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I’ve recently been looking into applications of the Cauchy Schwarz inequality.

I’ve seen it stated in the form:

$(a_1^2 + a_2^2 + … + a_n^2)(b_1^2 + b_2^2 + … + b_n^2) \ge (a_1b_1 + a_2b_2 + … + a_nb_n)^2$

However I’m struggling to see how it could prove this cyclic sum inequality:

$$\sum_\text{cyc} \frac{x^2}{y + z} \ge \frac{(x+y+z)^2}{2(x+y+z)}$$

Where $xyz = 1$ and $x,y,z$ $\epsilon$ $\mathbb{R}$

Any help?

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  • $\begingroup$ Is your inequality's right-hand side meant to simplify to $\frac{x+y+z}{2}$? $\endgroup$
    – J.G.
    Dec 4 '20 at 21:26
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Assuming $x, y, z \geq 0$, the Cauchy-Schwarz inequality gives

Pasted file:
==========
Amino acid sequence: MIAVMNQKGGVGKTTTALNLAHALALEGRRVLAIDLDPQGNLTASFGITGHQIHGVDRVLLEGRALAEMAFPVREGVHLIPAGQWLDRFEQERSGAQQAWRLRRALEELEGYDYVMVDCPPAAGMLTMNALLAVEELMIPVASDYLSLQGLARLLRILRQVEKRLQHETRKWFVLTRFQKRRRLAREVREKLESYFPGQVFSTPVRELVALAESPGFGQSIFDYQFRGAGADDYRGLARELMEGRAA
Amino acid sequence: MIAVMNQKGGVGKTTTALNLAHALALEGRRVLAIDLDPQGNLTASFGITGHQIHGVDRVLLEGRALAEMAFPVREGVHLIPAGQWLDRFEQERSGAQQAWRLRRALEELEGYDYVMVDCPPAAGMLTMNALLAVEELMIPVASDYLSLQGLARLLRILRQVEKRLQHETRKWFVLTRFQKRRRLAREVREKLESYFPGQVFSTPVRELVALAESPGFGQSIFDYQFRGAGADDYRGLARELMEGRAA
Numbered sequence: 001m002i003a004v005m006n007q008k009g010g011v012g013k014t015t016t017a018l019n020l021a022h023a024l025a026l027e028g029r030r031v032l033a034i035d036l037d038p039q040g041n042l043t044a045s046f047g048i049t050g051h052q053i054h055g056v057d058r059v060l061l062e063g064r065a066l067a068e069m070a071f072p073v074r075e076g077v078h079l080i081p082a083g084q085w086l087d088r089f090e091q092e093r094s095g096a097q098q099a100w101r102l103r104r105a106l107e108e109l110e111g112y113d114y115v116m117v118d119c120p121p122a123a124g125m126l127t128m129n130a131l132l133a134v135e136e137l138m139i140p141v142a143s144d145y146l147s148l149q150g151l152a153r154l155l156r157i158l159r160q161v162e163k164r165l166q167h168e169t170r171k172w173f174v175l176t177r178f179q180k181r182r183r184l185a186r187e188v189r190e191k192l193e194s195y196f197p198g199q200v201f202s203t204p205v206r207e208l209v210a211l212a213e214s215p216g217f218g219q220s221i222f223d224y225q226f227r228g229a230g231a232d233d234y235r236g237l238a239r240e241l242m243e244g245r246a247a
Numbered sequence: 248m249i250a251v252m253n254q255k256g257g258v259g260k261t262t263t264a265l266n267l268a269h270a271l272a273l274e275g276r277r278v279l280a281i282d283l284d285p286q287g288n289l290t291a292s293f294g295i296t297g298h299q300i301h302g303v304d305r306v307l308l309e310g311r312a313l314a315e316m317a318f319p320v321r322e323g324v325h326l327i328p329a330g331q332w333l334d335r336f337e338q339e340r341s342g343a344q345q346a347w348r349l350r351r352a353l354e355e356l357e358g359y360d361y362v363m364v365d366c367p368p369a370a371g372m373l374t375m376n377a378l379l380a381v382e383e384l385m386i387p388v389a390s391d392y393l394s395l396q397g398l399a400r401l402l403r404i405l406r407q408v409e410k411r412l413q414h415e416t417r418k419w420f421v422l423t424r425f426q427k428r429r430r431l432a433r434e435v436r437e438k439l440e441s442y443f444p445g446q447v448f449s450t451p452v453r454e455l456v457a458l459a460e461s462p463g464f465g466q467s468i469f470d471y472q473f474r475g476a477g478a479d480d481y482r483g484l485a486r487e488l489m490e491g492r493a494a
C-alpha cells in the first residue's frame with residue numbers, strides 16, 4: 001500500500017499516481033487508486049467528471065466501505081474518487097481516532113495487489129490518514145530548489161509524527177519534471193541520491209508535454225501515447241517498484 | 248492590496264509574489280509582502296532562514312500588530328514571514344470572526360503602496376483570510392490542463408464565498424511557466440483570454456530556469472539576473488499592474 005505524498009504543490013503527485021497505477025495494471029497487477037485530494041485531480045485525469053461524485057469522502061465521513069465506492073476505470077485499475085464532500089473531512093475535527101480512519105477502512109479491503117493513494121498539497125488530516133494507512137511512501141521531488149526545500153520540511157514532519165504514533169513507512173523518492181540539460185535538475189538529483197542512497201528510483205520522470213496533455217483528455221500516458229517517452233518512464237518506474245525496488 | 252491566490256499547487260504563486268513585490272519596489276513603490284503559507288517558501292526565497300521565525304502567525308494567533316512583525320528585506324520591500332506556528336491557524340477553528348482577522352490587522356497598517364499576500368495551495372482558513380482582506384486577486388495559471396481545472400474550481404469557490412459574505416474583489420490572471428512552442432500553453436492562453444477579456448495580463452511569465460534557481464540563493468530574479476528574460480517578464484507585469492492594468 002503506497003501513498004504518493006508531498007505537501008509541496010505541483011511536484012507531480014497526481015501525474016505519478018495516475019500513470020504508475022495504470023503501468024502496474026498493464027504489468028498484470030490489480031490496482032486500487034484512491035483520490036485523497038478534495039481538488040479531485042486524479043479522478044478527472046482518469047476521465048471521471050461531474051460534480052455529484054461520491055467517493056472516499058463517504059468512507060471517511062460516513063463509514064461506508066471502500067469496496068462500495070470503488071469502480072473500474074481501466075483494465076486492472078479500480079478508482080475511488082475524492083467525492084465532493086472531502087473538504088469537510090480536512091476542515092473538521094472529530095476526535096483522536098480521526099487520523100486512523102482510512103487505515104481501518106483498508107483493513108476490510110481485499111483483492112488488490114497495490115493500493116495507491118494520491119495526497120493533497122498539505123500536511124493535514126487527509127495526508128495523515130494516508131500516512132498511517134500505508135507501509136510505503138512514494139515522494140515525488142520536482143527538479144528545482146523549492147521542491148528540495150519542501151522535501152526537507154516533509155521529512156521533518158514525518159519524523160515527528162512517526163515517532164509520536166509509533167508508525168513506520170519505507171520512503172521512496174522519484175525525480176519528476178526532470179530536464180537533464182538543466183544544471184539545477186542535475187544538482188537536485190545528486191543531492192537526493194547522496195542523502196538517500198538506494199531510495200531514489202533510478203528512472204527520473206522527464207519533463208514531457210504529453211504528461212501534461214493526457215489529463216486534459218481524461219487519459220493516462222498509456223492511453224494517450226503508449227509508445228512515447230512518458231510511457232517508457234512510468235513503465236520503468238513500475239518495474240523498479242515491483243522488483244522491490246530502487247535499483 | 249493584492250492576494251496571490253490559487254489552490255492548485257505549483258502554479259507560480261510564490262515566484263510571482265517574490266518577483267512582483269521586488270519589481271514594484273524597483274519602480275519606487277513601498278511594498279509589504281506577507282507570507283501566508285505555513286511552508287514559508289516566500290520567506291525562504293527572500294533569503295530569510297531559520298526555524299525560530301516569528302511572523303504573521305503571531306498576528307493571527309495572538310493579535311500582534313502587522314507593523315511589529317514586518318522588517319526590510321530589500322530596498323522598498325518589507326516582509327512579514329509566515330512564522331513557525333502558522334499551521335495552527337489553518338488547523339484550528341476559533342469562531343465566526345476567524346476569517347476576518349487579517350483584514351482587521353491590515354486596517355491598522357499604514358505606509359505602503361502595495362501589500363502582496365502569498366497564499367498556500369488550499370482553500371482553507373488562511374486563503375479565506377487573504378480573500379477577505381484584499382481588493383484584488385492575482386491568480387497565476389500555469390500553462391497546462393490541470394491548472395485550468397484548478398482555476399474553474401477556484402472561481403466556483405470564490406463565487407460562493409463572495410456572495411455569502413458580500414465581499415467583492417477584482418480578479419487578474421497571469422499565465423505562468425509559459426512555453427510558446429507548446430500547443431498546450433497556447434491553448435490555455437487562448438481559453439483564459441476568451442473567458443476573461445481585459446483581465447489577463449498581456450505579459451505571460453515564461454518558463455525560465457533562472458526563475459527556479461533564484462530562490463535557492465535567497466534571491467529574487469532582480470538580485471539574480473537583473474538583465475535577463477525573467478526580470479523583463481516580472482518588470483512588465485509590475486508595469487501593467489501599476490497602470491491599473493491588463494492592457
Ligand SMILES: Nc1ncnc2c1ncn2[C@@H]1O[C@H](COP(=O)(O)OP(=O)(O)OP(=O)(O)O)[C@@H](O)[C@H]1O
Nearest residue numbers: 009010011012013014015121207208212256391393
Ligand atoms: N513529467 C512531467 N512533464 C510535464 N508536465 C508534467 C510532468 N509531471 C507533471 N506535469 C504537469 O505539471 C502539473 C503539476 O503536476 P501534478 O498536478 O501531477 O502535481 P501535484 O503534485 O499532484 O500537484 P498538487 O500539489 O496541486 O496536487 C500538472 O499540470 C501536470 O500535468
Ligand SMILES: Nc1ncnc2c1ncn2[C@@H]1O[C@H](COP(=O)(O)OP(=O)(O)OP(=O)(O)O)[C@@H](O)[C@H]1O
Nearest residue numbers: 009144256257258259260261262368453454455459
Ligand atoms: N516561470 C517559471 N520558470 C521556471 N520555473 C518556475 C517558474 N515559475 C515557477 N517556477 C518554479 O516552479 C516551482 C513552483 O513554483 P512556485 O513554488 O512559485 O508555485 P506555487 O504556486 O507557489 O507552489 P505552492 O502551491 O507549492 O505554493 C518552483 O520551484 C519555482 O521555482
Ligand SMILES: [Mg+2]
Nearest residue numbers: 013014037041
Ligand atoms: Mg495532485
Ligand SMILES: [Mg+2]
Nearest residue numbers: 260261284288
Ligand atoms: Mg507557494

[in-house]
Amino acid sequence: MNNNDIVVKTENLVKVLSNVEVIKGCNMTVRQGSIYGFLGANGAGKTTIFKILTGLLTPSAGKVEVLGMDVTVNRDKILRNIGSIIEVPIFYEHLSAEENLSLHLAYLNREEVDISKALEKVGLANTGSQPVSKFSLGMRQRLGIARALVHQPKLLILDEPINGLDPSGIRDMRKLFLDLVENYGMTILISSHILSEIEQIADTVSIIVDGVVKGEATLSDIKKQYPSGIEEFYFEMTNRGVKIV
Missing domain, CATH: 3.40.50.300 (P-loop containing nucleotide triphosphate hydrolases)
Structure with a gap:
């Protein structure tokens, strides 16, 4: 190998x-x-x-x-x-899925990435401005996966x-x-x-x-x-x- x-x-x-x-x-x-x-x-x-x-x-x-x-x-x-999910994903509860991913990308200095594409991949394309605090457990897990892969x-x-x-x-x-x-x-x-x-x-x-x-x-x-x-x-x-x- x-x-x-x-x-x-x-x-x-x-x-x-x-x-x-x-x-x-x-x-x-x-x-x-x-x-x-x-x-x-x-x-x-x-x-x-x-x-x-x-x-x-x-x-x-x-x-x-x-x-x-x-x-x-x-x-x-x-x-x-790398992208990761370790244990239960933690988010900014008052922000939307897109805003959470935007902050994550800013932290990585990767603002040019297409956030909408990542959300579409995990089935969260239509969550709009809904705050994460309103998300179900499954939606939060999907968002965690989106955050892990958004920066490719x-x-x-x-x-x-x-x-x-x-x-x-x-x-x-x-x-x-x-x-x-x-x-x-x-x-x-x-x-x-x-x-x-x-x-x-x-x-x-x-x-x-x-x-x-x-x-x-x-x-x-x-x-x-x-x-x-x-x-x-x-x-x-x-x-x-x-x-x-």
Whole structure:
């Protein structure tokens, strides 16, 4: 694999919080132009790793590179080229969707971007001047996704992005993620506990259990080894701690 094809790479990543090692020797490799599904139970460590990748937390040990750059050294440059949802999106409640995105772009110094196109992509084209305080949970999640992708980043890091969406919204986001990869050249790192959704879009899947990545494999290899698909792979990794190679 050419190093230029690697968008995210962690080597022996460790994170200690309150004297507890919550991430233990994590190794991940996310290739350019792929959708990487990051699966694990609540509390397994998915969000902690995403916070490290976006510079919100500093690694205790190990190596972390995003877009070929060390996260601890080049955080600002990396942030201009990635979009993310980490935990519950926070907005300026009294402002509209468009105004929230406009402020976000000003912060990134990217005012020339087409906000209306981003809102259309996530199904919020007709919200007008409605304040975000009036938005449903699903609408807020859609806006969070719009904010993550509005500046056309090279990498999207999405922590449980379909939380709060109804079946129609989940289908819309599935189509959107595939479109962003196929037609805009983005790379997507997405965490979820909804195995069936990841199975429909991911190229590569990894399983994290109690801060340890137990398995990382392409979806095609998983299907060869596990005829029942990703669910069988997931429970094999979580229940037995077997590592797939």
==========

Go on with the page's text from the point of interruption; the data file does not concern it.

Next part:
$$ \begin{align*} &\left((y + z) + (z + x) + (x + y)\right)\left(\frac{x^2}{y + z} + \frac{y^2}{z + x} + \frac{z^2}{x + y}\right) \\ &\geq \left(\sqrt{y + z}\sqrt{\frac{x^2}{y + z}} + \sqrt{z + x}\sqrt{\frac{y^2}{z + x}} + \sqrt{x + y}\sqrt{\frac{z^2}{x + y}}\right)^2 \\ &= (x + y + z)^2 \end{align*} $$

and you can divide out $(y + z) + (z + x) + (x + y) = 2(x + y + z)$ on both sides to get your inequality.

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Write $a:=y+z,\,b:=z+x,\,c:=x+y$ (a common strategy with $3$-variable cyclic-symmetry problems, especially if $y+z$ etc. appears), so the conjectured inequality is $(a+b+c)\sum_\text{cyc}\frac{x^2}{a}\ge(x+y+z)^2$. Now take $a_1=\sqrt{a},\,b_1=\frac{x}{\sqrt{a}}$ etc.

Note this proof never ever used $xyz=1$. Multiplying each of $x,\,y,\,z$ by $\lambda>0$ also multiplies both sides of your inequality by $\lambda$ and preserves its truth, and so whatever proof we obtain should only need to use $xyz>0$.

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